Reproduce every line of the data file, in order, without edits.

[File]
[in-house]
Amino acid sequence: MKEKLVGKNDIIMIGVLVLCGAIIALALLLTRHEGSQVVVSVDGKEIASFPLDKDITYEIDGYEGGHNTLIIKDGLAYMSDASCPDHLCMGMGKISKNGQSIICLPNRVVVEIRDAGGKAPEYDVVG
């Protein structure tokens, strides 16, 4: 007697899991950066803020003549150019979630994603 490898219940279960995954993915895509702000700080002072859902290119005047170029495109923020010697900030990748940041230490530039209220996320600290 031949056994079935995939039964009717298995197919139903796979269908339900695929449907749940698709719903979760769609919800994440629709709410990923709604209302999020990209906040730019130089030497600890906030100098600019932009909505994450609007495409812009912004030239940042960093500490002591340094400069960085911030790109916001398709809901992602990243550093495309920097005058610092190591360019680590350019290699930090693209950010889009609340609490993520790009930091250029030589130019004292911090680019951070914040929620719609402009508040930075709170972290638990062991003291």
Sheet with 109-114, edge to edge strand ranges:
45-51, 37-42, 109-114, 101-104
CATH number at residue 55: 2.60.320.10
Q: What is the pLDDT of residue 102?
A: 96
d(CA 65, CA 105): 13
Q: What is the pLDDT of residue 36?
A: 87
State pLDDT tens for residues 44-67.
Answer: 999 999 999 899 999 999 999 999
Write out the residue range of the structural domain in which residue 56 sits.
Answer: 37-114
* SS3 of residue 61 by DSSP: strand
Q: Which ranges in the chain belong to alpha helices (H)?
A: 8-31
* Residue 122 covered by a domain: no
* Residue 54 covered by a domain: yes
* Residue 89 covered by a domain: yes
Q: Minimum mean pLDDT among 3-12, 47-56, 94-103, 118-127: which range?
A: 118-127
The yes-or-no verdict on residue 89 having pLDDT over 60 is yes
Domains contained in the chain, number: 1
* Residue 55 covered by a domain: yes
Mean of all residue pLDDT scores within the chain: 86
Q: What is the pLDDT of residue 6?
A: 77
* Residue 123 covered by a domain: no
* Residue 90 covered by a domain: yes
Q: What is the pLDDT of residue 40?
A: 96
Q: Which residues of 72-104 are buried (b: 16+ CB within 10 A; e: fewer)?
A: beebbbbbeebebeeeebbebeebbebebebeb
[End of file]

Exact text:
[in-house]
Amino acid sequence: MKEKLVGKNDIIMIGVLVLCGAIIALALLLTRHEGSQVVVSVDGKEIASFPLDKDITYEIDGYEGGHNTLIIKDGLAYMSDASCPDHLCMGMGKISKNGQSIICLPNRVVVEIRDAGGKAPEYDVVG
């Protein structure tokens, strides 16, 4: 007697899991950066803020003549150019979630994603 490898219940279960995954993915895509702000700080002072859902290119005047170029495109923020010697900030990748940041230490530039209220996320600290 031949056994079935995939039964009717298995197919139903796979269908339900695929449907749940698709719903979760769609919800994440629709709410990923709604209302999020990209906040730019130089030497600890906030100098600019932009909505994450609007495409812009912004030239940042960093500490002591340094400069960085911030790109916001398709809901992602990243550093495309920097005058610092190591360019680590350019290699930090693209950010889009609340609490993520790009930091250029030589130019004292911090680019951070914040929620719609402009508040930075709170972290638990062991003291």
Sheet with 109-114, edge to edge strand ranges:
45-51, 37-42, 109-114, 101-104
CATH number at residue 55: 2.60.320.10
Q: What is the pLDDT of residue 102?
A: 96
d(CA 65, CA 105): 13
Q: What is the pLDDT of residue 36?
A: 87
State pLDDT tens for residues 44-67.
Answer: 999 999 999 899 999 999 999 999
Write out the residue range of the structural domain in which residue 56 sits.
Answer: 37-114
* SS3 of residue 61 by DSSP: strand
Q: Which ranges in the chain belong to alpha helices (H)?
A: 8-31
* Residue 122 covered by a domain: no
* Residue 54 covered by a domain: yes
* Residue 89 covered by a domain: yes
Q: Minimum mean pLDDT among 3-12, 47-56, 94-103, 118-127: which range?
A: 118-127
The yes-or-no verdict on residue 89 having pLDDT over 60 is yes
Domains contained in the chain, number: 1
* Residue 55 covered by a domain: yes
Mean of all residue pLDDT scores within the chain: 86
Q: What is the pLDDT of residue 6?
A: 77
* Residue 123 covered by a domain: no
* Residue 90 covered by a domain: yes
Q: What is the pLDDT of residue 40?
A: 96
Q: Which residues of 72-104 are buried (b: 16+ CB within 10 A; e: fewer)?
A: beebbbbbeebebeeeebbebeebbebebebeb